Jackson believes that HANO needs to, at the very least, look at how a given case was resolved in court. "I thought the law said, 'You're innocent until proven guilty,'" she says. "So are there two sets of laws, one for the rest of Louisiana and one for public housing residents?"
You couldn't do this to most people in America, says Ed Williams, president of the national group ENPHRONT (Everywhere, Now Public Housing Residents Organizing Nationally Together). "Tell someone who doesn't live in public housing that if you get arrested, even if you're not convicted, that doesn't matter, you're out. Tell them about public housing's trespassing rules, where if your son drops in to visit you and he's not on the lease, he can be arrested for trespassing. They would never believe it."
For her part, Carlota Smith would simply like to see the whole mess disappear. "It's been 10 years I've been living back here and Housing's had no trouble from me," she says. "So why are you still trying to put me out -- because I got a teenage son? There ain't no child that can be watched 24 hours a day."
"'ONE STRIKE AND YOU'RE OUT' -- that should be the law everywhere in America." With that pronouncement in his 1996 State of the Union address, President Bill Clinton put new muscle behind a policy that had been in place since 1988.
"The only people who deserve to live in public housing are those who live responsibly there and those who honor the rule of the law," Clinton said. "This policy today is a clear signal to drug dealers and to gangs: If you break the law, you no longer have a home in public housing."
Almost no one will dispute the toll that drugs and violence have taken on the nation's housing projects. In June 2000, a Harvard University study found that "fear of crime" was the primary reason that Boston residents wanted to move out of public housing. The previous year, HUD released the report In the Crossfire: The Impact of Gun Violence on Public Housing Communities, which determined that 1 out of 100 public housing residents are victimized annually by gun violence, compared to 1 out of 250 in the nation's overall population. The report also noted that there is a reverse correlation between income and violent crime -- when income goes up, crime goes down. According to HANO, the average local public housing household makes $7,449 annually.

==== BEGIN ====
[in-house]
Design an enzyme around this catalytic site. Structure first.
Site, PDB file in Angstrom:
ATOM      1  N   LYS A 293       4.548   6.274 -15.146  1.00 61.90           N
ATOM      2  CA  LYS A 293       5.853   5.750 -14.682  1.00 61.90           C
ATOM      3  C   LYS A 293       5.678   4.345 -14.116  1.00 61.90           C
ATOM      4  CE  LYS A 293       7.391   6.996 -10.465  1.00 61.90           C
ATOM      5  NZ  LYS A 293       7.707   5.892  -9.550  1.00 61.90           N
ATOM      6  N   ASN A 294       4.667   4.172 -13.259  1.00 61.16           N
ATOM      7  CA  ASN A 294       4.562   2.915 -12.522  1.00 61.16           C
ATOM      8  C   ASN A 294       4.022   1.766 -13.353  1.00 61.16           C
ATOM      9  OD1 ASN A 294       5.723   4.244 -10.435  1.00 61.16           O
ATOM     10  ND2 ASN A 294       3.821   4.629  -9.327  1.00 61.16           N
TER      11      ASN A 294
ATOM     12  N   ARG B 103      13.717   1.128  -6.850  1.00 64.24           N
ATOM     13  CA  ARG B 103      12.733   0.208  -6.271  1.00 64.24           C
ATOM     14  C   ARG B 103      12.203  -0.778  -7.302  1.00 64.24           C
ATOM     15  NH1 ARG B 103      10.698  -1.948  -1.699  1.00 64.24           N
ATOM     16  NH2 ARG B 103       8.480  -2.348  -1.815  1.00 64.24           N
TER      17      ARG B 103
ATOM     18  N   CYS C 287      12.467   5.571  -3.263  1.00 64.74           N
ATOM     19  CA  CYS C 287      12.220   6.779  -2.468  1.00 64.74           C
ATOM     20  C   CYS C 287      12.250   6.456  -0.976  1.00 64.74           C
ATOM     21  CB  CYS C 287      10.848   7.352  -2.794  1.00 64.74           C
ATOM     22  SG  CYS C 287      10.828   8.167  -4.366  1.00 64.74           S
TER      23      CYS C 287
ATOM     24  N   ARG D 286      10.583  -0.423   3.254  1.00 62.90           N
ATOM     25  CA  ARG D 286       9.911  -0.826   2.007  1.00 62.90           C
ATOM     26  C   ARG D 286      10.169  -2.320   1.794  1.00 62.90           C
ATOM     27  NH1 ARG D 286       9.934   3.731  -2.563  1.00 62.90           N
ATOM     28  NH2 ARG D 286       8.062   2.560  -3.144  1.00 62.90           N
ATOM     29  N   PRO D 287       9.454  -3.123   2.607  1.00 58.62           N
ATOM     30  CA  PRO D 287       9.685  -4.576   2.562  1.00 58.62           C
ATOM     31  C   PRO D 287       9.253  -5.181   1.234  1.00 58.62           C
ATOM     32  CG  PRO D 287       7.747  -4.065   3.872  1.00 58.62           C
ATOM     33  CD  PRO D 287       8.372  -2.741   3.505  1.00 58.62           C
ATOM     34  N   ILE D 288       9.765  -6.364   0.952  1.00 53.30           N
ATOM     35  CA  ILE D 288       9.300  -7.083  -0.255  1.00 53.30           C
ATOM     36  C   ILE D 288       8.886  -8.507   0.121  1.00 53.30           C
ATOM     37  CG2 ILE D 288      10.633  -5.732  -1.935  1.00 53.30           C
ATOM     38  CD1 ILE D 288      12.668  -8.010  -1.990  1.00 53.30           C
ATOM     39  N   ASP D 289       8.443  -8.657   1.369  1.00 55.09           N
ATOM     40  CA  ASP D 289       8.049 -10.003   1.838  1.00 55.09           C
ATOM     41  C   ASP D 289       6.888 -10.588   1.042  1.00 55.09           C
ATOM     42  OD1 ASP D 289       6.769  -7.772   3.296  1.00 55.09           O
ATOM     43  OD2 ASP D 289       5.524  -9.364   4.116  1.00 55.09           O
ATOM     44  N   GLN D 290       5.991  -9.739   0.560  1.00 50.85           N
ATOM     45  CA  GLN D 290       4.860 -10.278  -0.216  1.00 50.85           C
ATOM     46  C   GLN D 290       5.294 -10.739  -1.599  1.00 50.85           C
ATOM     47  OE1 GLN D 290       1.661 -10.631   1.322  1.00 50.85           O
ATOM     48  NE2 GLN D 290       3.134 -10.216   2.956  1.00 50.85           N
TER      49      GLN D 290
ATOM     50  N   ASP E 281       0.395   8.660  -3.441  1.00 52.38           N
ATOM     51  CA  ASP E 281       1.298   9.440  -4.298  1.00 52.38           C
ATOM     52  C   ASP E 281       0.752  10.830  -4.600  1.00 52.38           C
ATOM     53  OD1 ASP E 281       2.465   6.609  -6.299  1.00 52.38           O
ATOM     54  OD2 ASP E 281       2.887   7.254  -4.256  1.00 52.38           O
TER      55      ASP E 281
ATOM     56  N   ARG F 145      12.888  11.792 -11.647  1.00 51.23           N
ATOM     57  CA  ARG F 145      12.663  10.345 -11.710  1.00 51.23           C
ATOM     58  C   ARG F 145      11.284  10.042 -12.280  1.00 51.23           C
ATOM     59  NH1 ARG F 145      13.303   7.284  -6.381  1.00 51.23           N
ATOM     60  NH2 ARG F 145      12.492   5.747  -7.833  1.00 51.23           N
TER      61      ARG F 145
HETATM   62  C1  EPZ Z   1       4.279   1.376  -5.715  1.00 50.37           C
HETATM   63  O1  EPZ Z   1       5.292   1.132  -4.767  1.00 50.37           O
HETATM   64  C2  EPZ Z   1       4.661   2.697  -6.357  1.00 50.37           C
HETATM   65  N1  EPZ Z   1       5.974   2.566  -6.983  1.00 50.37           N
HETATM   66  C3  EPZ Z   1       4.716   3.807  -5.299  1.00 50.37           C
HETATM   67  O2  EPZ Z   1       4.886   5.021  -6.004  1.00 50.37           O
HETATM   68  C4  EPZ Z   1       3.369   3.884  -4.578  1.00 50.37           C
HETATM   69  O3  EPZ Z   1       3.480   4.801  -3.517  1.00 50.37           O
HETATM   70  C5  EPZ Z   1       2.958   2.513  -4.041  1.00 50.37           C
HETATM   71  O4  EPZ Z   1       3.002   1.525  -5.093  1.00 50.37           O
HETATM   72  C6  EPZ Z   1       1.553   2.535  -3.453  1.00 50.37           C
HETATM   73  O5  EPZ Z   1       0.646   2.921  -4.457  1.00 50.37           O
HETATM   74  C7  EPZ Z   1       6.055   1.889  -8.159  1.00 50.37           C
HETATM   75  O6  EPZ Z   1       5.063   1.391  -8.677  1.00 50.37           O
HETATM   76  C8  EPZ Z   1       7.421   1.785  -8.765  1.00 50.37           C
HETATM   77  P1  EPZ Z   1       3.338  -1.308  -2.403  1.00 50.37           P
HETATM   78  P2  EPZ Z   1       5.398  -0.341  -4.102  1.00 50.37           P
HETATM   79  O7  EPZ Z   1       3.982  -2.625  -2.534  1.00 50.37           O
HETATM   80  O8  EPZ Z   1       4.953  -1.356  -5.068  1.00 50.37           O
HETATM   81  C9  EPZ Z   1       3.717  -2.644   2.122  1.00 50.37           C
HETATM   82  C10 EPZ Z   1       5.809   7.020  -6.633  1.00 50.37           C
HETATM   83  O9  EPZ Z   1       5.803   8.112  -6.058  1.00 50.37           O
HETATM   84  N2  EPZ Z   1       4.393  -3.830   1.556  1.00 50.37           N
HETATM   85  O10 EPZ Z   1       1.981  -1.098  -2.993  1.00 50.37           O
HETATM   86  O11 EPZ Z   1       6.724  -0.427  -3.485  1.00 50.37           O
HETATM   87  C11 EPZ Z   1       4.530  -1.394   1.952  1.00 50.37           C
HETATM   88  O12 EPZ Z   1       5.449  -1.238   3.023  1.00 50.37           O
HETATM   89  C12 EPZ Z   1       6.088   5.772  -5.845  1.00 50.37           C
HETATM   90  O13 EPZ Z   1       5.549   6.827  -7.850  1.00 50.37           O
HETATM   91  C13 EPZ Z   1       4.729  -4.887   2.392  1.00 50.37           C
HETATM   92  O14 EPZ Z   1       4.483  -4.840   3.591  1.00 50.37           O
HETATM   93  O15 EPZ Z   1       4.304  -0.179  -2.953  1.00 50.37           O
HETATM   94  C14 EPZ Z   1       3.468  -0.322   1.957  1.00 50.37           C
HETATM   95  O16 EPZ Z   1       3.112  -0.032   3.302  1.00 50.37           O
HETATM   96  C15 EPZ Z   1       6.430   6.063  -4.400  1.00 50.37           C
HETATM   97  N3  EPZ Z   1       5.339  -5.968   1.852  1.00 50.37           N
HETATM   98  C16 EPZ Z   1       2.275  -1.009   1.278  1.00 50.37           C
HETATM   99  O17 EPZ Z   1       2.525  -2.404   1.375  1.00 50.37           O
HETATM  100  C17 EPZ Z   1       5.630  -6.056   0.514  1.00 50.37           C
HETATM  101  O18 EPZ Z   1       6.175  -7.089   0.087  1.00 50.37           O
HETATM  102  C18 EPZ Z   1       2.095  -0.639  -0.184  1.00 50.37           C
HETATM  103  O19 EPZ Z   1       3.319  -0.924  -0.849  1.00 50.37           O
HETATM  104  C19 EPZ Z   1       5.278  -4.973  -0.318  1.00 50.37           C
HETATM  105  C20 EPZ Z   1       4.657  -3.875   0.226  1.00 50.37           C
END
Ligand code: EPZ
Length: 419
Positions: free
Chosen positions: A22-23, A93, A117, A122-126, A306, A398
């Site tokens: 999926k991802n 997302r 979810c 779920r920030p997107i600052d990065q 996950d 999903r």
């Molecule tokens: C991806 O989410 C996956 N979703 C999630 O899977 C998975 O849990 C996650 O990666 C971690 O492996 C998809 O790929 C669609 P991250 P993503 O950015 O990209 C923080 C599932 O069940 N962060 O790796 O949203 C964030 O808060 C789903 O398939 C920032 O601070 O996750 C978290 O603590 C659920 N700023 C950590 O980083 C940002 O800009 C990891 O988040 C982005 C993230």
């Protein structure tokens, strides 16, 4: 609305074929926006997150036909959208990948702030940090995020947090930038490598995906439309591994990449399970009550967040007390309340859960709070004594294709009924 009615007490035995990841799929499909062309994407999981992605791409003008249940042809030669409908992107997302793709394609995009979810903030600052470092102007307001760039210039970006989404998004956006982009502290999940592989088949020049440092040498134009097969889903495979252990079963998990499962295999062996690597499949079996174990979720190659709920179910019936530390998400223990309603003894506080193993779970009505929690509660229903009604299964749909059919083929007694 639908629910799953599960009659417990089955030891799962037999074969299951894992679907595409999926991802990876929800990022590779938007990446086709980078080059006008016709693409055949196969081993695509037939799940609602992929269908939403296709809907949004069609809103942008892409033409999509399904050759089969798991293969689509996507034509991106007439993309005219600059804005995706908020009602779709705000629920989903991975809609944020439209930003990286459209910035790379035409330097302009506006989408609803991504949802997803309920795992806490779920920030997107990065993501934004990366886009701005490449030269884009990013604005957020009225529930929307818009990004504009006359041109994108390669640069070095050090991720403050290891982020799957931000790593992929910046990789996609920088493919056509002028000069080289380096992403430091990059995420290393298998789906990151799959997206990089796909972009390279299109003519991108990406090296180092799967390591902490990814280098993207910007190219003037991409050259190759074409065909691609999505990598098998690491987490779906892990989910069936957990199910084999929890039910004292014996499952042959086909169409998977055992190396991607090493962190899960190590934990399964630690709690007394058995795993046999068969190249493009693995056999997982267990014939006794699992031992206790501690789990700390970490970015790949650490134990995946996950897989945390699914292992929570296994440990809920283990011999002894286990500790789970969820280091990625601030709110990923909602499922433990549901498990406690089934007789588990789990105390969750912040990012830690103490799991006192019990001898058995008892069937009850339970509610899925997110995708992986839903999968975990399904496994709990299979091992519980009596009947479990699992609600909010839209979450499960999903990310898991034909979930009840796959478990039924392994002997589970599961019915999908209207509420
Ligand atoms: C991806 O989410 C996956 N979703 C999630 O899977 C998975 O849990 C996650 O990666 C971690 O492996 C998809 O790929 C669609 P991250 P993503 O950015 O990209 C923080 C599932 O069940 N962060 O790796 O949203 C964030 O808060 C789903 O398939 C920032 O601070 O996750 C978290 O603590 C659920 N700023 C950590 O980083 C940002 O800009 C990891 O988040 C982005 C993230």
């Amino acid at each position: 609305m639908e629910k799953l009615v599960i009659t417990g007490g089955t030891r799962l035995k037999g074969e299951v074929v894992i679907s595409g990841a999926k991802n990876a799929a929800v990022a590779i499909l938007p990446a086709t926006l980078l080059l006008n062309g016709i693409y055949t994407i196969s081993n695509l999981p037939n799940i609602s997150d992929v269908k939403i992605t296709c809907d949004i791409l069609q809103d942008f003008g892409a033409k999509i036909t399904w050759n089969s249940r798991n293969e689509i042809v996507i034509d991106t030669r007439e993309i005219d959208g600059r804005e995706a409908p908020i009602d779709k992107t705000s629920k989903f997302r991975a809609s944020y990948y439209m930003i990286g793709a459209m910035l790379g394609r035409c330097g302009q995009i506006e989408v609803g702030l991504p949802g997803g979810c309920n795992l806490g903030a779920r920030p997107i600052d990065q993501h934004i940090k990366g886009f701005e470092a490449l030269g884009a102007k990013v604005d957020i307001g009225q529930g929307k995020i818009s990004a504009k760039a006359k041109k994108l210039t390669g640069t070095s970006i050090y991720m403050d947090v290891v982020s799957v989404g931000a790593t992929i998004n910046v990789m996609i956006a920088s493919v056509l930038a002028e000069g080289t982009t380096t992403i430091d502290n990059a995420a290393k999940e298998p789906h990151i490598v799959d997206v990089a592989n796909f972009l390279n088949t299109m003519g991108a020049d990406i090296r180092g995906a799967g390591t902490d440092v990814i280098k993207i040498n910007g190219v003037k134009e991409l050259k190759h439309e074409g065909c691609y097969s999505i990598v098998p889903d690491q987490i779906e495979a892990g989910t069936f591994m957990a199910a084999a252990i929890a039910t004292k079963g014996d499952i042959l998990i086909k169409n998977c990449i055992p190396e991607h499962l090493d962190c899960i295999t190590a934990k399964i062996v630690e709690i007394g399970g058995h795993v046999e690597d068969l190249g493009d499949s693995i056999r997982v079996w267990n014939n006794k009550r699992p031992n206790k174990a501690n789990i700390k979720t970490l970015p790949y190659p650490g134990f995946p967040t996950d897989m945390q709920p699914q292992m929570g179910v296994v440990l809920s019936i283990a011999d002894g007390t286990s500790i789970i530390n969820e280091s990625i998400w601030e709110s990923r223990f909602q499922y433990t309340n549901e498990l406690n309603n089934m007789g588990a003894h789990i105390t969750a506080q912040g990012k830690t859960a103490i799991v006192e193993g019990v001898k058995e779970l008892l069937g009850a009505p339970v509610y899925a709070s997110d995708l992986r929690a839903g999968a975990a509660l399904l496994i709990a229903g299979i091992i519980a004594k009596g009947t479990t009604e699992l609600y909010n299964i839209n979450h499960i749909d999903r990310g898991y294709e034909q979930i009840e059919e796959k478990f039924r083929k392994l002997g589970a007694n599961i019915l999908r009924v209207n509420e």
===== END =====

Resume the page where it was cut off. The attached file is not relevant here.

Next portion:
According to the most recent public housing crime data compiled by NOPD, New Orleans' housing developments saw 60 homicides during the first three quarters of 2003 -- more than 1 out of 4 of the city's overall murders for that same time period. Several years ago, 1 in 10 New Orleans residents lived in public housing. Now fewer than 1 out of 20 New Orleans residents live in developments such as the C.J. Peete (formerly the Magnolia), Iberville, Lafitte, B.W. Cooper, St. Bernard, Desire, Guste, Fischer, and scattered-site housing like Press Park and Christopher Homes.